The Future of “Evangelical”? Don’t Miss This Conversation

Over at Respectful Conversation, hosted by Harold Heie, an interesting conversation is underway regarding the place of evangelicalism within larger Christian traditions. What does it mean to be “evangelical” today? Does evangelicalism and evangelicals have a distinct, usable entity? What will be the future of the loose coalition (if it is that) or the “family resemblance” called evangelicalism?

Primary contributors include Amos Yong, John Franke, Peter Enns, C. Ben Mitchell, Wendy Corbin Reuschling, Vincent Bacote, my Bethel colleague Jeannine Brown, and many others.

In my contribution I suggest that “evangelical” is best understood as an adjective (I am an evangelical Christian) rather than a noun (i.e. “I am an evangelical”). The adjective is dynamic, flexible, and not as central as the definition, Christian).

Feel free to join in the conversation (note that comments are moderated on the site, so you may have to wait a short while to see your comment appear).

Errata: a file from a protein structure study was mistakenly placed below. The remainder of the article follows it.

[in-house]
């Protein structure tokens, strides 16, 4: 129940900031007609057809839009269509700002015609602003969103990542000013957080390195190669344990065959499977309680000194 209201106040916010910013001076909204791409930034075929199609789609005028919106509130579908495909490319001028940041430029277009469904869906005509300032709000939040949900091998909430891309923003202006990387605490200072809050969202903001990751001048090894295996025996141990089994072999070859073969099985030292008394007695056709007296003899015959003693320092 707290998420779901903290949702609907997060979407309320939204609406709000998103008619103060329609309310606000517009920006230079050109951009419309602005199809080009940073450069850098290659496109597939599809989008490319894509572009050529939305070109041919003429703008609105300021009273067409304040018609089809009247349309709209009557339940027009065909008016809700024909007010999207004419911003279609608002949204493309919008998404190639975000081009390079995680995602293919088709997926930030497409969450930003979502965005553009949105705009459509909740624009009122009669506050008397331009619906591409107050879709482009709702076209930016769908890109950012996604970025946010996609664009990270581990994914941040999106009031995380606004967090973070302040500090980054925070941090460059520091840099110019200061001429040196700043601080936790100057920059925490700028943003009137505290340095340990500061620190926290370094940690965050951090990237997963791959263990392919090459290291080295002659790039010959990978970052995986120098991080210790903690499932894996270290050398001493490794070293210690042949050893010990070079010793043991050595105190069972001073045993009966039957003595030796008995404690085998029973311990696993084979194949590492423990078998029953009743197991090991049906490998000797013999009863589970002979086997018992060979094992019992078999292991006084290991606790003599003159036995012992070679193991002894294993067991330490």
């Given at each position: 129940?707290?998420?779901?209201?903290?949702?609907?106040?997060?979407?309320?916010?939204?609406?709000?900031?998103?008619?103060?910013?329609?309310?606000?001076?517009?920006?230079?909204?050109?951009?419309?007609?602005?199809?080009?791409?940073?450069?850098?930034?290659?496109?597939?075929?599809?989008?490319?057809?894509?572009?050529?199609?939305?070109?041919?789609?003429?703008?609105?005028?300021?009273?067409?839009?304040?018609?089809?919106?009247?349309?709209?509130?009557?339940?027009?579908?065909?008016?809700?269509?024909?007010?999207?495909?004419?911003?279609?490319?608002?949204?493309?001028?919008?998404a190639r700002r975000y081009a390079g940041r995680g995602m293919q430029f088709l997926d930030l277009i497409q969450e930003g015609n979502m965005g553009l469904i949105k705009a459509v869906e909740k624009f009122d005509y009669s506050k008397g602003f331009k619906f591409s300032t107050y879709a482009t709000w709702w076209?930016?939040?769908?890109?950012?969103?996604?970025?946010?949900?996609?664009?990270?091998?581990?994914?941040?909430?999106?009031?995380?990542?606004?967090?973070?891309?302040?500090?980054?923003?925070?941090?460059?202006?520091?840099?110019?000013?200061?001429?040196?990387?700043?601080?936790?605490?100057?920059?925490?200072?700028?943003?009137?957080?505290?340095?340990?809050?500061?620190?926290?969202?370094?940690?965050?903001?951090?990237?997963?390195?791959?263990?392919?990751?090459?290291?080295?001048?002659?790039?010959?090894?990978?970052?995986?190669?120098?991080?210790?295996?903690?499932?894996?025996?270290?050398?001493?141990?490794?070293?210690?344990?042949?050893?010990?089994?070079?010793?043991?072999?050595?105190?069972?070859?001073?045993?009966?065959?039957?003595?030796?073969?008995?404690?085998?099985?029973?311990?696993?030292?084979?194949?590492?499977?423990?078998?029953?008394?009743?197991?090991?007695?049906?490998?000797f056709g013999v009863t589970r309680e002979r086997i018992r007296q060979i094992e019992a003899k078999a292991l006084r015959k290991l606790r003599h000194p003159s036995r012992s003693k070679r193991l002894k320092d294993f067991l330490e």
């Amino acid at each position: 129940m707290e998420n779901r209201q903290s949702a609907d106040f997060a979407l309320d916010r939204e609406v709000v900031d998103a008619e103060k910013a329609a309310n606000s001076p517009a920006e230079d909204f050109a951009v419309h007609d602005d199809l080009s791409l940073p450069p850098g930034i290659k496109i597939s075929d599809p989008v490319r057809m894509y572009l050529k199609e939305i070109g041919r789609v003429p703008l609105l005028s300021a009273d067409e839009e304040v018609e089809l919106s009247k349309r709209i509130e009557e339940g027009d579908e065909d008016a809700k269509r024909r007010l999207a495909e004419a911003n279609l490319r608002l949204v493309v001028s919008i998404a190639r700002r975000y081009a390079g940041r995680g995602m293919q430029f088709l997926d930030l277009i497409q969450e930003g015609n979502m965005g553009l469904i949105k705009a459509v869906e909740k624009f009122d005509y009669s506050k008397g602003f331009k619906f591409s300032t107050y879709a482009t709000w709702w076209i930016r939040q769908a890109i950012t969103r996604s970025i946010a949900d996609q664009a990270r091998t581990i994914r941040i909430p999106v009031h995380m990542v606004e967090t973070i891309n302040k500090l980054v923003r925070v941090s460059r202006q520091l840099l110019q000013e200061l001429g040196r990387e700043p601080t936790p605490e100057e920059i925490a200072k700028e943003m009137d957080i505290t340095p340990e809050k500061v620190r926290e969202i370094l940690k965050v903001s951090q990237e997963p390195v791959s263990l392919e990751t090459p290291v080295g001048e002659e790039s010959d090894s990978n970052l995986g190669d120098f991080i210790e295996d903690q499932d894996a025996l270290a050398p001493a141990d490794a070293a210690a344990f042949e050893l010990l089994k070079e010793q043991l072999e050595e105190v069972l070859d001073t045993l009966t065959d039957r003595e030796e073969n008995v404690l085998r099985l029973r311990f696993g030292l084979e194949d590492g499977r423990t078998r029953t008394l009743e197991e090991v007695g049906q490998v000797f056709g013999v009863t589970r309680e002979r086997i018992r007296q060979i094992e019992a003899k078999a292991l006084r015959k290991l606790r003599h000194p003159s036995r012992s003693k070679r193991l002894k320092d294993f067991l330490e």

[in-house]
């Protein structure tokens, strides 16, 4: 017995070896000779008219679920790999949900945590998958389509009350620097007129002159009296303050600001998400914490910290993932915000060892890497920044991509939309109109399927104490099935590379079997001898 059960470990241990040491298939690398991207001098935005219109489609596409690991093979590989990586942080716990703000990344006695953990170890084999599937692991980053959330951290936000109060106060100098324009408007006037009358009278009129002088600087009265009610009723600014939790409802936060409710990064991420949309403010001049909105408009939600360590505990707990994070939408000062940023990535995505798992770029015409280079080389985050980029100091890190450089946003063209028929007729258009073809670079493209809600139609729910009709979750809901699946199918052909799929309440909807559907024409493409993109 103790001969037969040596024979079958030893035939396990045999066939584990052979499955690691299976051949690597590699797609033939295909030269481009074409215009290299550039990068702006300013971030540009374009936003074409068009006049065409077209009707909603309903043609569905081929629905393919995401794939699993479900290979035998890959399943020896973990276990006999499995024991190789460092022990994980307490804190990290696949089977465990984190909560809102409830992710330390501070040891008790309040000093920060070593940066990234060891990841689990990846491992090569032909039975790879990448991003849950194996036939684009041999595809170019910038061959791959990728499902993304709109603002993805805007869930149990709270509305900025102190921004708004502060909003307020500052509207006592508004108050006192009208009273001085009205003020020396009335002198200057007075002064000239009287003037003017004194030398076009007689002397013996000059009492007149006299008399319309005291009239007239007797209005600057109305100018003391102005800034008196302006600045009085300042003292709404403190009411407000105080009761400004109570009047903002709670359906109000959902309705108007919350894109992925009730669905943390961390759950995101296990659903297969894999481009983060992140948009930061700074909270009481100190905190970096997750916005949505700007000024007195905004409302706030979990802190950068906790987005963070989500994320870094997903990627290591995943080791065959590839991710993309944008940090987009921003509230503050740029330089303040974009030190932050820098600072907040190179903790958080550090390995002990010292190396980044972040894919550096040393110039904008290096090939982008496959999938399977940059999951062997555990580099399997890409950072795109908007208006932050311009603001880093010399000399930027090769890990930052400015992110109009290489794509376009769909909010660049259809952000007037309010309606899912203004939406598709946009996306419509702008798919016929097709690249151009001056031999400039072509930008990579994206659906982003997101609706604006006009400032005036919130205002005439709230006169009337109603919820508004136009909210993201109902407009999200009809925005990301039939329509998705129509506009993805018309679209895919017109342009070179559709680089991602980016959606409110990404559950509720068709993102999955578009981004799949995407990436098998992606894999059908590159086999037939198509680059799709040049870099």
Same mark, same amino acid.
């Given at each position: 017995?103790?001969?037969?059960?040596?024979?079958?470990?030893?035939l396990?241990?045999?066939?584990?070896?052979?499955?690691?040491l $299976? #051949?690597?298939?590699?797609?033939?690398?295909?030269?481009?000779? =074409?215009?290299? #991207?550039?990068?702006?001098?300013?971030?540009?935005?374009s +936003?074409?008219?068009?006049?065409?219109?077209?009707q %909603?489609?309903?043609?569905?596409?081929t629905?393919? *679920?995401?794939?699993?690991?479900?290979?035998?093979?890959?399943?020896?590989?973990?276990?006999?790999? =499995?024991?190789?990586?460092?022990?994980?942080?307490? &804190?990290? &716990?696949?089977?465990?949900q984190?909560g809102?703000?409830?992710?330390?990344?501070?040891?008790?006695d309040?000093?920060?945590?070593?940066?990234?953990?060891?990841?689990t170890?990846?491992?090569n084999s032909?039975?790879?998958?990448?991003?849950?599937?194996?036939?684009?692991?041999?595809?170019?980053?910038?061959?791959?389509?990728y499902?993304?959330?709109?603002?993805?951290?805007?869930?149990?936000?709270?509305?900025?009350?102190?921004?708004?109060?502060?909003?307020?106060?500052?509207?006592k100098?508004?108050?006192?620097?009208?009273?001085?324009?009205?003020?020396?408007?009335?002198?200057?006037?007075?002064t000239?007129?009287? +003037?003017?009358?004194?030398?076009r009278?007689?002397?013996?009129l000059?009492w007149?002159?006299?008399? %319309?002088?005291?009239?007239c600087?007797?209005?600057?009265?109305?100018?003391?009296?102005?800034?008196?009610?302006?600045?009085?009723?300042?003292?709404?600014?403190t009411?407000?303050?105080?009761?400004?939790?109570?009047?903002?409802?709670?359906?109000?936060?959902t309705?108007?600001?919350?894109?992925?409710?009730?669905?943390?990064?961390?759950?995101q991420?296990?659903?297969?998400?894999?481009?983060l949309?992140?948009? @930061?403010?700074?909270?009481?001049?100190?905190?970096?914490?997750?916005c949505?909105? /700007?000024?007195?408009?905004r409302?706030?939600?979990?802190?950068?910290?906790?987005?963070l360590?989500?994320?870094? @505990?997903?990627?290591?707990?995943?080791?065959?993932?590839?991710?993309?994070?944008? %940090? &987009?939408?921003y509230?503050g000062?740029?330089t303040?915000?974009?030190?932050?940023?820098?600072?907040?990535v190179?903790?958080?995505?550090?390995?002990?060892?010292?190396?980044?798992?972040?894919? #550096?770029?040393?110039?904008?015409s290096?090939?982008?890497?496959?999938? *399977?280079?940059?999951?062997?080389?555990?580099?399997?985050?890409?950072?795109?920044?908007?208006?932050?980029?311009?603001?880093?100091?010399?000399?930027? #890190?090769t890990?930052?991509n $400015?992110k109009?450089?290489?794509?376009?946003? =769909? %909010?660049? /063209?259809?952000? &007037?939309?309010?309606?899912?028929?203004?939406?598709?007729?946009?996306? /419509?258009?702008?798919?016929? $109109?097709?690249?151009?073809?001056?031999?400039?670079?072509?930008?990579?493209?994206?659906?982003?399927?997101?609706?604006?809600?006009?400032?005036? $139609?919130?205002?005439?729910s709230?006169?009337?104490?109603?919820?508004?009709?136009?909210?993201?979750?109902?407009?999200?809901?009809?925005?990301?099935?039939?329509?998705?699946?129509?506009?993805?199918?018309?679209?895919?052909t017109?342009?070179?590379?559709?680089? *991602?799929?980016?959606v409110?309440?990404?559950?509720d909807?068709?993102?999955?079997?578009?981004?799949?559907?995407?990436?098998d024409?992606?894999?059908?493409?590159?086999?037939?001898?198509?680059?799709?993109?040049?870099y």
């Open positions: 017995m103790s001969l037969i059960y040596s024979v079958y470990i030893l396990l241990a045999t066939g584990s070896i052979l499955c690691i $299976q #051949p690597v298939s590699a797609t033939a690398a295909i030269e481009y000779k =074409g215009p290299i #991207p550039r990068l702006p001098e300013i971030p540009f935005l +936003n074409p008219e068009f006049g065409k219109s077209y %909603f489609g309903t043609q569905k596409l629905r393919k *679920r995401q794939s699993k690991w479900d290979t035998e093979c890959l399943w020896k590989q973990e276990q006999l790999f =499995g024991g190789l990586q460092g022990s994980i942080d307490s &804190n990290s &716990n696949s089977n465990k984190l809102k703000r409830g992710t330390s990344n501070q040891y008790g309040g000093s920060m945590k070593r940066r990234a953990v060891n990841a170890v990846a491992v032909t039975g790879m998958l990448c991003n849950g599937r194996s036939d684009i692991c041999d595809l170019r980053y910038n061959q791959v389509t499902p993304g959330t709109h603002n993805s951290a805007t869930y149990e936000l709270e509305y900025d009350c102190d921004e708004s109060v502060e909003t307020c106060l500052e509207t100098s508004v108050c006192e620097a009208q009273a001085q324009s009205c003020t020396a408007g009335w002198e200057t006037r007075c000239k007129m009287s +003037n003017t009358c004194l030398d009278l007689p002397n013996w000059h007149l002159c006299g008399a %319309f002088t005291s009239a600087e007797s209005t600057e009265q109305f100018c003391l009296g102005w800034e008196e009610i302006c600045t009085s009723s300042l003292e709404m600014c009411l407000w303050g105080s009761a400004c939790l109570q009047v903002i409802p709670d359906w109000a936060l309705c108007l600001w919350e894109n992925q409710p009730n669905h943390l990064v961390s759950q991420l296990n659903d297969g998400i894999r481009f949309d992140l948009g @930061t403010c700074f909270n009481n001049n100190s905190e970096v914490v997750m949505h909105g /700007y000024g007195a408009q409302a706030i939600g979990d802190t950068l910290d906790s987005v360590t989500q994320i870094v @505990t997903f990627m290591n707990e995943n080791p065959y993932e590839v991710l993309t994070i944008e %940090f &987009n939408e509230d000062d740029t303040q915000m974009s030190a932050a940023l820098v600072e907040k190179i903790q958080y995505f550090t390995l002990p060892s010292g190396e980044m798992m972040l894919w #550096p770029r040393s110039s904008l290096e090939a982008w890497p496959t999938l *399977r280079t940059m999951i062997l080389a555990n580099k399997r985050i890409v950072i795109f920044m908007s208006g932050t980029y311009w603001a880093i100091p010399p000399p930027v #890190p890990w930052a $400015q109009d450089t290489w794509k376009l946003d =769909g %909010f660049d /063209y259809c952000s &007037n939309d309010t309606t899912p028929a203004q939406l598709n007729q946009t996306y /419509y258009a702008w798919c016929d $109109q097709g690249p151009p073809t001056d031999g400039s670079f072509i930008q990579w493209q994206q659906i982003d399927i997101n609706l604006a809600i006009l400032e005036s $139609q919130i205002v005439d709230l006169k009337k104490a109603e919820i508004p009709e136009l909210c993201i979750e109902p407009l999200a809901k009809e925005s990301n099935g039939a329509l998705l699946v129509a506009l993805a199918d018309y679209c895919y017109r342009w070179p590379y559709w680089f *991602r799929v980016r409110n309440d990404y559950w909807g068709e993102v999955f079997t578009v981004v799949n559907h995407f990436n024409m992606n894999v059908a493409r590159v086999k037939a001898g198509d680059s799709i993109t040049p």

About Kyle Roberts

(PhD) is Associate Professor of Public Theology and Church and Economic Life, supported by the Schilling Endowment, at United Theological Seminary of the Twin Cities. Roberts has published essays on Kierkegaard and modern theology, including several essays in the series Kierkegaard Research: 2014-10-14 10.26.51Sources, Reception and Resources (Ashgate / University of Copenhagen) and other collected volumes on various topics, including Pietism, Karl Barth, and Christian spirituality. Roberts has published Emerging Prophet: Kierkegaard and the Postmodern People of God (Cascade, 2013) and is currently co-authoring a theological commentary on the Gospel of Matthew (Eerdmans) and a book about the virgin birth (Fortress Press, Theology for the People)